'Would that happen in the women's tour?' Why everyone's talking about tennis player Alexander Zverev.

On Wednesday, world No 6 Alexander Zverev beat his Spanish opponent at Rod Laver Arena at the Australian Open, securing himself a place in the semi-finals. 

The German tennis player is good at what he does. He's agile and has a great serve, and right now he's focused on one thing - making it to the finals. 

But that's not what people want to talk about.

Over the weekend, the question being asked was whether his game deserved primary place on centre court when there was another men's round that could've had the flashier and more prominent location. 

On Thursday, after the second round, the second question asked had nothing to do with his swing.

"Do you plan to attend in person?" a reporter queried.

Watch the interaction below.

Video via Australian Open TV

She was talking about his domestic abuse trial being held in Berlin in May. So were the fans discussing his 'right' to the spotlight.

The 26-year-old is being accused of pushing his former partner and mother of his child Brenda Patea into a wall and choking her during an argument in May 2020. 

He's been ordered to pay a $740,000 penalty, a fine prosecutors in Germany can call for if there is enough compelling evidence to take a matter to trial. 


He doesn't have to appear in person in May if he doesn't want too, he can send a lawyer. Hence the question at the post-match interview.

But Zverev was visibly fuming at the query. 

"Wow," he responded.

"That’s a question? I just played four hours, 40 minutes. That’s not the first question I really want to hear, to be honest. I’ve got no idea."

Sure, maybe it didn't have to be a question so soon after his match. But Zverev shouldn't be surprised that people have questions.

Over in the women's competition, competitors are asking how he's even in Melbourne in the first place.

"They do what they do on that side... Would that happen in the (women's) tour? Probably not," remarked 2017 US Open winner Sloane Stephens when asked about Zverev's place in the game. 

She added that the Association of Tennis Professionals (ATP) "beats to their own drum," when dealing with issues like Zverev's. 

Last week Russian world No.13 Daria Kasatkina criticised Channel Nine for choosing to broadcast Zverev's match over the women's game. 

"No women’s tennis shown on TV. They are playing on Rod Laver, prime time and for what. Don’t wanna say who they actually showing now," she wrote on X on Tuesday.

"If you’re a female, then I would advise you to make a research about the guy you wanna watch and think again," she added, in response to a fan stating they'd prefer to watch Zverev.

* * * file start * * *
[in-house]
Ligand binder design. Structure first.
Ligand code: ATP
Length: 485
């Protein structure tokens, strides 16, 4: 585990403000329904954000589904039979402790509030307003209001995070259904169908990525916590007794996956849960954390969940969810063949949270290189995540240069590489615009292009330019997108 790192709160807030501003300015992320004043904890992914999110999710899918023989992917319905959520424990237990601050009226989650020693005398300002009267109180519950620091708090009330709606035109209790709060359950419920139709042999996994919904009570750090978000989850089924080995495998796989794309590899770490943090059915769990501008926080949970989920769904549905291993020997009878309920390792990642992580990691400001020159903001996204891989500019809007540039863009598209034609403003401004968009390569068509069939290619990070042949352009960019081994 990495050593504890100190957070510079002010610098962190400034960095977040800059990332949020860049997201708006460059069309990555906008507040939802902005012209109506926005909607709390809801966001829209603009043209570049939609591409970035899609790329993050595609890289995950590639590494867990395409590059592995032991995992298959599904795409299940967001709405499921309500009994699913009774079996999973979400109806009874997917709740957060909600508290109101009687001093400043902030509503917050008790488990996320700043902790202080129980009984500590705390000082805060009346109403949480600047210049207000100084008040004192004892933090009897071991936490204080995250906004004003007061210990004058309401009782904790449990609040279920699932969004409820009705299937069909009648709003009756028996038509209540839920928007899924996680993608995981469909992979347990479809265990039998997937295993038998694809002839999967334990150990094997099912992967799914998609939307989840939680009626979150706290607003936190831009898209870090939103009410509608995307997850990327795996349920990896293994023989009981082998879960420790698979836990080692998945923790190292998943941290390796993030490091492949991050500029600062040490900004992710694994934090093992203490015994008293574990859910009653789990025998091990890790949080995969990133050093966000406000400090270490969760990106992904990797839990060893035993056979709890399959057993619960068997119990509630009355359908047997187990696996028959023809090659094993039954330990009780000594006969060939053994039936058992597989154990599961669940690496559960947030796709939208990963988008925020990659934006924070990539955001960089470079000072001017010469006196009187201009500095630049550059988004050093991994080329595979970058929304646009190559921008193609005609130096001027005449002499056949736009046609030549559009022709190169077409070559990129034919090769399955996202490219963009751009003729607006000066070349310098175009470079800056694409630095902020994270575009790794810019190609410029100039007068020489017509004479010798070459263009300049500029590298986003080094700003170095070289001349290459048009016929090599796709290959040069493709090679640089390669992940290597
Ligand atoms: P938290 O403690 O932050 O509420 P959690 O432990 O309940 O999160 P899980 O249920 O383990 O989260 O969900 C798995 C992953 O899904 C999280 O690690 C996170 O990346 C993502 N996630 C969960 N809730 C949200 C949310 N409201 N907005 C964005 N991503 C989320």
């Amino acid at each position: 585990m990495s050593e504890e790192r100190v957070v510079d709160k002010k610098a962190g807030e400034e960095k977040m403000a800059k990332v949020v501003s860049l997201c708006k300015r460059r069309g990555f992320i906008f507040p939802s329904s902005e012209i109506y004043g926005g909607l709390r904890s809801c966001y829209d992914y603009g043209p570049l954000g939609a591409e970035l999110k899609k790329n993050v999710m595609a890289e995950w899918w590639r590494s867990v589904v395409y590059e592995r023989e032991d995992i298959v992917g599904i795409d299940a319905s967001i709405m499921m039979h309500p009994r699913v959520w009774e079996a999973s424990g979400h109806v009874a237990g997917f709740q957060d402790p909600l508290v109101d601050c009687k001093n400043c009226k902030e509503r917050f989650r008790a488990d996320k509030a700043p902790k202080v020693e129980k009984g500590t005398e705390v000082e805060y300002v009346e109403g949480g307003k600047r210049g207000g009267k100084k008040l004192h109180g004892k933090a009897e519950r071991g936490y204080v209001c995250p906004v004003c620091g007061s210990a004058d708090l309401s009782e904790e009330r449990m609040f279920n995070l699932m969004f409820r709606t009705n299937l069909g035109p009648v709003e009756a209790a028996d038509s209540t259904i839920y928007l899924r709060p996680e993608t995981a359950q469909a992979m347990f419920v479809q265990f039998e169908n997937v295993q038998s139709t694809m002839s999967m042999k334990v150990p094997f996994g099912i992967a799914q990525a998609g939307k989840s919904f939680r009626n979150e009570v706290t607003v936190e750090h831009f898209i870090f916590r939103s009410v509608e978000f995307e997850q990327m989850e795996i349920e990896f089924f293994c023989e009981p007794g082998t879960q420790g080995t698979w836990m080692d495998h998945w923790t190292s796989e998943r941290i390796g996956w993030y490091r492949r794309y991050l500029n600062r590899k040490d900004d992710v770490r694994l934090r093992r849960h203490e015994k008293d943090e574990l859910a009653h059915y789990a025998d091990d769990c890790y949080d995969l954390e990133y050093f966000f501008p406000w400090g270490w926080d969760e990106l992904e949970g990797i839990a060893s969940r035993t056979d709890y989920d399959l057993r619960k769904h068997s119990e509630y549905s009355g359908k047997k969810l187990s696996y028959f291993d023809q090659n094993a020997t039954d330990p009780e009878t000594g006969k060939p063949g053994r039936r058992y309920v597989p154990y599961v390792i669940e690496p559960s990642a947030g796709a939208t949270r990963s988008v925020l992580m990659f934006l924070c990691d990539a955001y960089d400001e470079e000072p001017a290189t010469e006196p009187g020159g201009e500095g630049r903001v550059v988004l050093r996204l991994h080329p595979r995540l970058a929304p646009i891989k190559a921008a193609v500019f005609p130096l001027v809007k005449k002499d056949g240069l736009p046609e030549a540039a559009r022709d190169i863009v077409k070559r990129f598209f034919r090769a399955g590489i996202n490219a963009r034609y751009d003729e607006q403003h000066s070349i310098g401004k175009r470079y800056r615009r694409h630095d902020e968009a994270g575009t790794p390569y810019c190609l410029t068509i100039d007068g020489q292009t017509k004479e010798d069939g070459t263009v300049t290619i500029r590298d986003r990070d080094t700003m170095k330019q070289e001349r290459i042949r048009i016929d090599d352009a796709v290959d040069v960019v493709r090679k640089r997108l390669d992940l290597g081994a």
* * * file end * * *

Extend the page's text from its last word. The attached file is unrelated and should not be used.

But Zverev isn't just playing in the Australian Open - he's been promoted this year to the Player Advisory Council For 2024. 

Players select a group from their peers to represent them for two-year terms, and this year Zverev's name was front and centre. 

Pretty much everyone in the men's competition has dodged questions about it, choosing responses like "I'm completely unfamiliar with it," or that it's "tough to comment" when asked. 


So it seems it's up to the women to call out the questionable optics, and Kasatkina is certainly not afraid to do just that. 

"That’s what I expected, unfortunately. For sure, there is an issue. In general, if there is a criminal [process] or something, I don’t think it’s the right thing to promote a person," she said, according to The Guardian.

The thing is, it's not the first time Zverev has faced domestic violence allegations. 

He previously faced allegations of domestic abuse from another former girlfriend, Olya Sharypova.

She accused him of punching her, grabbing her by the throat and behaving in a "controlling manner" at an ATP Masters 1000 tournament in Shanghai in October 2019.

An investigation was commissioned by the ATP in 2021, but it was unable to substantiate the allegations of abuse due to a lack of reliable evidence and eyewitness reports.

Zverev should of course be given the opportunity to have these latest allegations play out in a court of law. But what message does it send to victims of domestic abuse, to see an alleged perpetrator being promoted and celebrated on centre court with a trial still pending?

It's not a good look. 

Feature image: Cameron Spencer/Getty.

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